The rebuild may be underway in the front office, where Dave Gettleman’s phone likely is buzzing away as contending teams try to acquire any viable pieces the Giants are willing to part with before Tuesday’s trade deadline. Those fruits, though, won’t be ready until 2019 at the earliest. The current on-field product, meanwhile, continues to sink to new depths.
A 20-13 loss to the first-place Redskins at MetLife Stadium on Sunday was the latest display of putrid offensive football by the Giants. They managed 303 yards and were 1-for-4 in the red zone, their lone touchdown coming on a 2-yard pass to Evan Engram with 17 seconds left. In a week in which the Giants traded two defensive starters and had a third on the sideline with an injury, it was the offense that looked stripped down and depleted.
“We’ve got to score more points,” Pat Shurmur said. “Until we unlock that, until we get down there and score touchdowns, then it’s going to be tough sledding . . . You can’t score 13 points in any game at any level and expect to win.”
Their fifth straight loss dropped the Giants to 1-7 as they head into the bye week. Washington remains in control of the NFC East at 5-2.
The Giants had what seemed like a spark late in the third quarter when Landon Collins stripped the ball away from Adrian Peterson and Olivier Vernon recovered it and returned it 43 yards. That gave the offense the ball at the Washington 39, trailing 10-3. But this is a Giants offense that extinguishes sparks like a brigade of fire marshals.
Manning’s first pass was incomplete for Bennie Fowler. His second was complete to Odell Beckham Jr. . . . for a loss of 2 yards. After Manning hit Fowler for 9 yards on third-and-12 to set up fourth-and-3 from the 32, he threw a quick pass to Engram that went right through the tight end’s hands. “We got what we wanted, got the zone,” Engram said of the defense. “Just got to make that play. I mean it was right there, I just got to come down with it. No excuse.”
The Giants turned it over on downs and Washington kicked a 39-yard field goal that made the score a virtually insurmountable 13-3 with 9:53 remaining.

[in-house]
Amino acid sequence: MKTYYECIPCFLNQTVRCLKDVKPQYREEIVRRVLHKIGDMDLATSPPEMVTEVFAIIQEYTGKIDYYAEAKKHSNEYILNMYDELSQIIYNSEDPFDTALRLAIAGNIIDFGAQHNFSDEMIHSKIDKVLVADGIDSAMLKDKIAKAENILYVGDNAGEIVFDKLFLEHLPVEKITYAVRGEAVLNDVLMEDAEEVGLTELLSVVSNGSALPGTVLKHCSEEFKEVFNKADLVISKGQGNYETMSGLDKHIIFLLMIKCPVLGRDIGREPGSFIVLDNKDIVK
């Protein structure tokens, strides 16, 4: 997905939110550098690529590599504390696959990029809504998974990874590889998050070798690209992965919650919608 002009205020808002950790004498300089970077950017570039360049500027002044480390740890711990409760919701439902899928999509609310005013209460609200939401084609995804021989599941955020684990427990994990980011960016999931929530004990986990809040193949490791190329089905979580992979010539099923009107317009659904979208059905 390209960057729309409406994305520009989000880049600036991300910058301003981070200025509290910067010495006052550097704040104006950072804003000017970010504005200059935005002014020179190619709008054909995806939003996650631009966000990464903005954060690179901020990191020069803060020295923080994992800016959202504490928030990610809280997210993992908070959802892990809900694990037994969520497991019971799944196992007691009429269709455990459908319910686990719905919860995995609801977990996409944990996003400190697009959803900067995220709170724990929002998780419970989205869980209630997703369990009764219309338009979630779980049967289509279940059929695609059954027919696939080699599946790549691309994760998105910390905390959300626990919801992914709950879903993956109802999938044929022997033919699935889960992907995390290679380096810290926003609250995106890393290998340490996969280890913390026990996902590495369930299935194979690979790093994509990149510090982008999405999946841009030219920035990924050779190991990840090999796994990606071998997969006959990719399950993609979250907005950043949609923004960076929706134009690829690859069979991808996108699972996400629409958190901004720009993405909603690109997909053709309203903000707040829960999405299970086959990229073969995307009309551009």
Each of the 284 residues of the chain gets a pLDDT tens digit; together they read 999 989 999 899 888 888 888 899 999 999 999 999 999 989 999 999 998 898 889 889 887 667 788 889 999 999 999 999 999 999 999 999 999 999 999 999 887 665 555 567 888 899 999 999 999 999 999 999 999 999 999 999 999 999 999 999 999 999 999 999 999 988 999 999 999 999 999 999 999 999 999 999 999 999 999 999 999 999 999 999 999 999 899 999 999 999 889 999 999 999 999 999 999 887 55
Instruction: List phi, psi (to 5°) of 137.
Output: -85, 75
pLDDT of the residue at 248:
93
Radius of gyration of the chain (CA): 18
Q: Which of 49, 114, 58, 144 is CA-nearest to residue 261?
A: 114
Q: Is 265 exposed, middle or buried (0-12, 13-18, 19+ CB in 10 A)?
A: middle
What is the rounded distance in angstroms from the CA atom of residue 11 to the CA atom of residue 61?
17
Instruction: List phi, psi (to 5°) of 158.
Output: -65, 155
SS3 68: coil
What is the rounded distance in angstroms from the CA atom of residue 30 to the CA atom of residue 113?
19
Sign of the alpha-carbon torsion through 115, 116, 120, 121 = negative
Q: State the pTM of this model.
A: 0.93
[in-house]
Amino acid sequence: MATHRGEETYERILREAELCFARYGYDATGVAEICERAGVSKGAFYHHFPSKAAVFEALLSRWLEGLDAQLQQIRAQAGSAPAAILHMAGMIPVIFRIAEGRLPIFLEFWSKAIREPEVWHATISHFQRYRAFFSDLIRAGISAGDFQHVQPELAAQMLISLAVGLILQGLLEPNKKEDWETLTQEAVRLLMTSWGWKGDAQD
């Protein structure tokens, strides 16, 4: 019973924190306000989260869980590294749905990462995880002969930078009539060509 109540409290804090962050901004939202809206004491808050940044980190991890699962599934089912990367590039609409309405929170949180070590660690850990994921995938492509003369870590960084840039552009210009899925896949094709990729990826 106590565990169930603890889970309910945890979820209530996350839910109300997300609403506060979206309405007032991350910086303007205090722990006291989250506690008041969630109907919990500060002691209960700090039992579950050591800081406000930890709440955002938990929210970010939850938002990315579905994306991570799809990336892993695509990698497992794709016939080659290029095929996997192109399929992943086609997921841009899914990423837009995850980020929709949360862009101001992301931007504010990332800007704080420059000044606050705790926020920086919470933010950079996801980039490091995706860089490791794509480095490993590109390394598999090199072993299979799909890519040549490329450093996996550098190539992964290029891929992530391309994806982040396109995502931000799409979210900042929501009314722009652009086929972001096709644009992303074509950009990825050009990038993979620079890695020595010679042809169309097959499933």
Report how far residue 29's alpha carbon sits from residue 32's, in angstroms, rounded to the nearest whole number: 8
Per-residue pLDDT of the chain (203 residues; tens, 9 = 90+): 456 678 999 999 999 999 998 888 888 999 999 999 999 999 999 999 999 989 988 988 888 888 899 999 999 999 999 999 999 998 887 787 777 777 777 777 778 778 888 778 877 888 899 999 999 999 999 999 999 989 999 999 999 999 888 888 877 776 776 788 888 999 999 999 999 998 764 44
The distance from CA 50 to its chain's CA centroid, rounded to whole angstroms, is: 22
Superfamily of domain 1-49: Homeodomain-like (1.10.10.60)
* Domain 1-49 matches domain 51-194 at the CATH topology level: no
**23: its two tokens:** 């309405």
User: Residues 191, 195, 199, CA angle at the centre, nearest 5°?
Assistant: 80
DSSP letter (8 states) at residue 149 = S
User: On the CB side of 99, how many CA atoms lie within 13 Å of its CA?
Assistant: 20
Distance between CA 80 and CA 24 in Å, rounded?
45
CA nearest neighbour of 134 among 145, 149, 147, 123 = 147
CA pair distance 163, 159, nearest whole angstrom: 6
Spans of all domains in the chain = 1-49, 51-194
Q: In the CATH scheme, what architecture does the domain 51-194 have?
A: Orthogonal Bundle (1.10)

It wasn’t the only time the Giants’ offense turned excitement into an early exit. Late in the first quarter, Manning hit Beckham deep down the left sideline for a gain of 44. Beckham made a remarkable one-handed grab on a play in which cornerback Greg Stroman was pulling him to the ground, and it gave the Giants the ball at the Washington 38. Their next three plays were a run by Saquon Barkley for no gain, a sack of Manning for a loss of 6 and a 5-yard swing pass to Barkley before a punt.
In the fourth quarter, the Giants reached the Washington 40 on a 46-yard pass-interference penalty and then hit Beckham for 32 yards to the 8. Another penalty gave them first-and-goal at the 4, but they had to settle for a field goal that made it 13-6 with 4:08 left. Less than a minute later, Peterson’s 64-yard TD run sealed the game for Washington.
“It doesn’t make sense,” Beckham said. “I feel like we should be doing better, and we’re not. When we get down in the red zone, we have to score.”
Manning had the Giants marching down the field later in the second quarter, feeding Beckham and Barkley all the way down to the 11. On second-and-11 from the 12, though, Manning did not see safety D.J. Swearinger and threw an interception. He threw his second pick in the third quarter, also to Swearinger, when he aired it out on a third-and-18 pass from the Giants’ 17 that was effectively a punt.
If the definition of insanity is doing the same thing over and over again and expecting different results, this has been the craziest season in Giants history. This game followed a familiar script, with the defense and special teams playing well — Shurmur called their contributions “pretty much a winning effort” — only to be sabotaged by the ineffective offense.
Manning completed 30 of 47 passes for 316 yards but was sacked seven times, the final stat one that center Spencer Pulley called “embarrassing.” The Giants gained only 37 yards rushing . . . with Barkley gaining 38.
“Everyone wants to win,” Manning said. “No one likes this feeling after a game.”
After losing 21 of their last 25 games, you’d think they’d be used to it.